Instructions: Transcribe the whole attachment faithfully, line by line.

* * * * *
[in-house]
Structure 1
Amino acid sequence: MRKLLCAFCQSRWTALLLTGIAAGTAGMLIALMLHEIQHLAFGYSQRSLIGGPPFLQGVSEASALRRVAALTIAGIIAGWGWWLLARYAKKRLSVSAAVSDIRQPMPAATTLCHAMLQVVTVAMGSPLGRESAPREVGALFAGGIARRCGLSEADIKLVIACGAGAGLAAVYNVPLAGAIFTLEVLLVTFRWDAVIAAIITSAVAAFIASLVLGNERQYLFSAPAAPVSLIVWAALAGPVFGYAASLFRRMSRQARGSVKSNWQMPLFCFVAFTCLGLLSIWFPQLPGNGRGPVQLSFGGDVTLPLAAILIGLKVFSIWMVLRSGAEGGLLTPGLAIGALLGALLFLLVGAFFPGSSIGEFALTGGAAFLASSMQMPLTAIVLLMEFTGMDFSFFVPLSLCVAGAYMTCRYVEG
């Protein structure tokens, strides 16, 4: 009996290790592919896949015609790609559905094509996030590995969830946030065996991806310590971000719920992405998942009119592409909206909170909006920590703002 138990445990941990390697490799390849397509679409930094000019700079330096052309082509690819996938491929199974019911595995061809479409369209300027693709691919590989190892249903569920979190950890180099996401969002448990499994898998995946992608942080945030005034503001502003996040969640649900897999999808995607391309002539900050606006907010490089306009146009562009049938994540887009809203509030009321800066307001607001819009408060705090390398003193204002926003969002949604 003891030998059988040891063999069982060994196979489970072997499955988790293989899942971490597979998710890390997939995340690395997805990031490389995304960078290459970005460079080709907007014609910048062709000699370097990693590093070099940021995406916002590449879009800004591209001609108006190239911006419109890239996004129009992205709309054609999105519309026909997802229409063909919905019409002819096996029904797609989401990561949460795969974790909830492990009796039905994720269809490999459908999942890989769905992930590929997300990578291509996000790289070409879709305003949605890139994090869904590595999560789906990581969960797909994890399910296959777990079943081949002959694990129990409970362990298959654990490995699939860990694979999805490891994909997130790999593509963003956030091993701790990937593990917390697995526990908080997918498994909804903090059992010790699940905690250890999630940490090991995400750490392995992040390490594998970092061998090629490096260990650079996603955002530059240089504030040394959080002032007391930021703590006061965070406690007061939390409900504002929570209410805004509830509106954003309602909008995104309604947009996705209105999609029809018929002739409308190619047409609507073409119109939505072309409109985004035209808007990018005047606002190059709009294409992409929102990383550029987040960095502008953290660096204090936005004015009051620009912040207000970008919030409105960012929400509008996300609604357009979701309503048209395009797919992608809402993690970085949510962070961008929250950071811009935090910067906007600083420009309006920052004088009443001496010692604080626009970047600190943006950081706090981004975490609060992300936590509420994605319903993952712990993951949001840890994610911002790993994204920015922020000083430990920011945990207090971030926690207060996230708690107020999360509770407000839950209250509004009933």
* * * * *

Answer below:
[in-house]
Structure 1
Amino acid sequence: MRKLLCAFCQSRWTALLLTGIAAGTAGMLIALMLHEIQHLAFGYSQRSLIGGPPFLQGVSEASALRRVAALTIAGIIAGWGWWLLARYAKKRLSVSAAVSDIRQPMPAATTLCHAMLQVVTVAMGSPLGRESAPREVGALFAGGIARRCGLSEADIKLVIACGAGAGLAAVYNVPLAGAIFTLEVLLVTFRWDAVIAAIITSAVAAFIASLVLGNERQYLFSAPAAPVSLIVWAALAGPVFGYAASLFRRMSRQARGSVKSNWQMPLFCFVAFTCLGLLSIWFPQLPGNGRGPVQLSFGGDVTLPLAAILIGLKVFSIWMVLRSGAEGGLLTPGLAIGALLGALLFLLVGAFFPGSSIGEFALTGGAAFLASSMQMPLTAIVLLMEFTGMDFSFFVPLSLCVAGAYMTCRYVEG
């Protein structure tokens, strides 16, 4: 009996290790592919896949015609790609559905094509996030590995969830946030065996991806310590971000719920992405998942009119592409909206909170909006920590703002 138990445990941990390697490799390849397509679409930094000019700079330096052309082509690819996938491929199974019911595995061809479409369209300027693709691919590989190892249903569920979190950890180099996401969002448990499994898998995946992608942080945030005034503001502003996040969640649900897999999808995607391309002539900050606006907010490089306009146009562009049938994540887009809203509030009321800066307001607001819009408060705090390398003193204002926003969002949604 003891030998059988040891063999069982060994196979489970072997499955988790293989899942971490597979998710890390997939995340690395997805990031490389995304960078290459970005460079080709907007014609910048062709000699370097990693590093070099940021995406916002590449879009800004591209001609108006190239911006419109890239996004129009992205709309054609999105519309026909997802229409063909919905019409002819096996029904797609989401990561949460795969974790909830492990009796039905994720269809490999459908999942890989769905992930590929997300990578291509996000790289070409879709305003949605890139994090869904590595999560789906990581969960797909994890399910296959777990079943081949002959694990129990409970362990298959654990490995699939860990694979999805490891994909997130790999593509963003956030091993701790990937593990917390697995526990908080997918498994909804903090059992010790699940905690250890999630940490090991995400750490392995992040390490594998970092061998090629490096260990650079996603955002530059240089504030040394959080002032007391930021703590006061965070406690007061939390409900504002929570209410805004509830509106954003309602909008995104309604947009996705209105999609029809018929002739409308190619047409609507073409119109939505072309409109985004035209808007990018005047606002190059709009294409992409929102990383550029987040960095502008953290660096204090936005004015009051620009912040207000970008919030409105960012929400509008996300609604357009979701309503048209395009797919992608809402993690970085949510962070961008929250950071811009935090910067906007600083420009309006920052004088009443001496010692604080626009970047600190943006950081706090981004975490609060992300936590509420994605319903993952712990993951949001840890994610911002790993994204920015922020000083430990920011945990207090971030926690207060996230708690107020999360509770407000839950209250509004009933």